Note that while this report does mention "jihad" by name, it never actually gets around to specifying what kind of "religious instruction" was tied to Jimenez's terror training. If Jimenez had been a "Christian extremist" plotting a similar attack (assuming that such a plotter can be found outside of the movies), the media reports would not have been remotely so circumspect regarding the source of his motivations. "Man accused of terrorist aspirations pleads guilty to federal charges," from WFTV.com, August 28 (thanks to Pamela Geller):
An Orange County man suspected by the FBI of trying to hatch a terrorist plot to kill members of the U.S. military serving overseas has pleaded guilty to two federal charges in connection with the alleged plot.
Jonathan Jimenez, 28, was polite in an Orlando Federal courtroom Tuesday morning, where he admitted to tax fraud and lying to the FBI.
Jimenez admitted to a federal magistrate judge that he did talk about waging violent jihad, or holy war, against high-ranking military members overseas. But he said the talk was just "chest-thumping," to make himself look important. And he said that he lied to the FBI about it.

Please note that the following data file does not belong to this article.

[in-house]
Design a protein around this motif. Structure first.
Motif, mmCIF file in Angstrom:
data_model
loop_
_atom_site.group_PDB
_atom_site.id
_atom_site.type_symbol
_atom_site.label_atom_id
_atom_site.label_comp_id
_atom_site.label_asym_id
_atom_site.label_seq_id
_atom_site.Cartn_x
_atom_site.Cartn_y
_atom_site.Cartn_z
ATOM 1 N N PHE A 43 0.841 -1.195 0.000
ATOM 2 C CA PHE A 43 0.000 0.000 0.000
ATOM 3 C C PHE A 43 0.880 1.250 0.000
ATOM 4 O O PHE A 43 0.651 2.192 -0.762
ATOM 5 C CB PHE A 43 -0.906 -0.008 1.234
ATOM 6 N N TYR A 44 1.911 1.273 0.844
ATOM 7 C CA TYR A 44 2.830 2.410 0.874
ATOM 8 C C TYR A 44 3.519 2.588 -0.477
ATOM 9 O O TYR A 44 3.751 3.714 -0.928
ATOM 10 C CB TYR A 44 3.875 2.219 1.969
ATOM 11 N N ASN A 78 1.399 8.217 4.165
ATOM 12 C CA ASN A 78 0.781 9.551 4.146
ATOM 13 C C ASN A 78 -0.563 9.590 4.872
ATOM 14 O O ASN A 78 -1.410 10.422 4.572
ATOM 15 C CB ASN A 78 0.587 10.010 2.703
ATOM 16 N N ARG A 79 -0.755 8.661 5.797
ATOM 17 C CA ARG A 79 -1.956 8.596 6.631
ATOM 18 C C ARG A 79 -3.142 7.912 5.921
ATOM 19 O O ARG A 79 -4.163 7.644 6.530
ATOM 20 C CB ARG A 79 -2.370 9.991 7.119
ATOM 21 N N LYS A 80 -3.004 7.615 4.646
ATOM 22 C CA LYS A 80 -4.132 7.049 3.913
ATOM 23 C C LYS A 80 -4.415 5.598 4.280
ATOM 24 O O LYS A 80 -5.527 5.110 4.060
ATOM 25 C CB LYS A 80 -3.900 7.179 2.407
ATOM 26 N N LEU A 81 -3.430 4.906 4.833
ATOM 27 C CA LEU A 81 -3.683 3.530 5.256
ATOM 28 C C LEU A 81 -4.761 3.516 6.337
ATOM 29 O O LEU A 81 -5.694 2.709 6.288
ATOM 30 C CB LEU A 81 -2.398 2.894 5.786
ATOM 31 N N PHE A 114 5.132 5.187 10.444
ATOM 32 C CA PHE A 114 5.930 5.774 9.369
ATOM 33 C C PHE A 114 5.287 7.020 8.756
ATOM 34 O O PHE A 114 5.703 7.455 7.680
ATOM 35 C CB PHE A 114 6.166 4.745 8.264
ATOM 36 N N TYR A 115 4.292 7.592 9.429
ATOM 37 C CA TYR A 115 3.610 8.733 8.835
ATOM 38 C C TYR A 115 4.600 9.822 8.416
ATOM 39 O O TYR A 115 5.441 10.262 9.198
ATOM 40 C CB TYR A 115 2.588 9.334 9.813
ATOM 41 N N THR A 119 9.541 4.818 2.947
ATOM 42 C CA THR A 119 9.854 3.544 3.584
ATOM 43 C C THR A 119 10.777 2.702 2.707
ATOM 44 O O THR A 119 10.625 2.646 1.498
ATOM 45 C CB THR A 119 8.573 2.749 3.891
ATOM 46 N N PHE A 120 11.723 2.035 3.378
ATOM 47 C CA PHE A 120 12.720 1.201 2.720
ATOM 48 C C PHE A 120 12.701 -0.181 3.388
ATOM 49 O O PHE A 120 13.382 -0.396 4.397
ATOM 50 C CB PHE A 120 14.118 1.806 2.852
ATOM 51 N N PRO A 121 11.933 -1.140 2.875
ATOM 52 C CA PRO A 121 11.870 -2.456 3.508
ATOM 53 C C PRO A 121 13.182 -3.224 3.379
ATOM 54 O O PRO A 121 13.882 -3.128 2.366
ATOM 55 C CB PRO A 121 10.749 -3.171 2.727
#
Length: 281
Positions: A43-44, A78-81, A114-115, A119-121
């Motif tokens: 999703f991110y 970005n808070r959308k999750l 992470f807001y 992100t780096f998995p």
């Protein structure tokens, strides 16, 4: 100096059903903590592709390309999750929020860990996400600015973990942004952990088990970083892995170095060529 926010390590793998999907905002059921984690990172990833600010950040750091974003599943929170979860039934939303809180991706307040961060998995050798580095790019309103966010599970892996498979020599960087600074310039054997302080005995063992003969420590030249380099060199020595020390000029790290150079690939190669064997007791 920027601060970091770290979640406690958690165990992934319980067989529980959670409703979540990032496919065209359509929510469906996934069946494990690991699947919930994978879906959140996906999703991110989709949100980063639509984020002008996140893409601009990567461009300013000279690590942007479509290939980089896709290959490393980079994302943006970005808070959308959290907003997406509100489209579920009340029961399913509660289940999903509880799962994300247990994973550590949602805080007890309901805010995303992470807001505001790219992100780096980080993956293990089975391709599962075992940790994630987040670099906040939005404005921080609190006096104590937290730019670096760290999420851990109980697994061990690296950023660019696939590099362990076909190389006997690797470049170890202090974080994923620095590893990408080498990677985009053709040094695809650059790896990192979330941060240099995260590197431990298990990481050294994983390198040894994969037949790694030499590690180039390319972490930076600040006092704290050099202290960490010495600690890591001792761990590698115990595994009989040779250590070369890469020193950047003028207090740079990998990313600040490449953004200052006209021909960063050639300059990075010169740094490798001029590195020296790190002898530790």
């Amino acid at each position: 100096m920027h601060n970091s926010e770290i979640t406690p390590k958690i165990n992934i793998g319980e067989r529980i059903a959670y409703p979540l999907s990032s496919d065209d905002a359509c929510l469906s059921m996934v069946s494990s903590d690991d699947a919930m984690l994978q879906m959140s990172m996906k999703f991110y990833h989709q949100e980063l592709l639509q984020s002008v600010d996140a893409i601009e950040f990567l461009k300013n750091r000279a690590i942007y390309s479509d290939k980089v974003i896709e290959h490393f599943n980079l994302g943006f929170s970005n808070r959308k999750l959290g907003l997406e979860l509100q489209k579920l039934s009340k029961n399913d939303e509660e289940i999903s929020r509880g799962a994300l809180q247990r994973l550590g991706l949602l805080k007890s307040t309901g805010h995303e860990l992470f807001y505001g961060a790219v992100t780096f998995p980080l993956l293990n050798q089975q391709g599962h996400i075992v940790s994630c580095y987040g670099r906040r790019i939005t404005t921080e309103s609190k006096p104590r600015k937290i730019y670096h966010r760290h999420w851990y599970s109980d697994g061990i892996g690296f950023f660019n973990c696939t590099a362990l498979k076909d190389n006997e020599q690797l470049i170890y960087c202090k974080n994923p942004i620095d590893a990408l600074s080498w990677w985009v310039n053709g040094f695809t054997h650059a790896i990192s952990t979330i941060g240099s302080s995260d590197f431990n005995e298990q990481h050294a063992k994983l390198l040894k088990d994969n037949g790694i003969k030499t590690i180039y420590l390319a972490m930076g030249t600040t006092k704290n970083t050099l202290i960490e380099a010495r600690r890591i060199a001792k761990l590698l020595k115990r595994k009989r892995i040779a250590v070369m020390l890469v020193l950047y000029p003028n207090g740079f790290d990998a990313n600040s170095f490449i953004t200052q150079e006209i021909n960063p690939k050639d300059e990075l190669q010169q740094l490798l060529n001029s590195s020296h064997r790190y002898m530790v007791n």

"I know that I have made false statements to the FBI," said Jimenez.
The judge asked what he lied about and Jimenez responded "terrorist acts."
Hey, at least he was polite.
Federal prosecutors said Jimenez's secretly recorded phone call with a confidential government source indicated that he had received terrorist training from convicted felon Marcus Robertson, the former imam of an east Orange County mosque. Agents said the training included martial arts, firearm and knife training.
Jimenez said he wanted to die on the battlefield as a martyr, according to documents obtained by WFTV.
According to those documents Jimenez said Robertson tied the training into religious instruction, allegedly telling him it was permissible to kill U.S. military generals, and that suicide bombings were also permissible.
Jimenez claimed in court that he never intended to carry out the terrorist acts, and that he did not believe Robertson was planning to go through with any plans either.
Jimenez admitted to getting a fraudulent $5,000 tax refund, with Robertson's help, which the FBI said he was planning to use for his overseas travel expenses in the terrorist plot....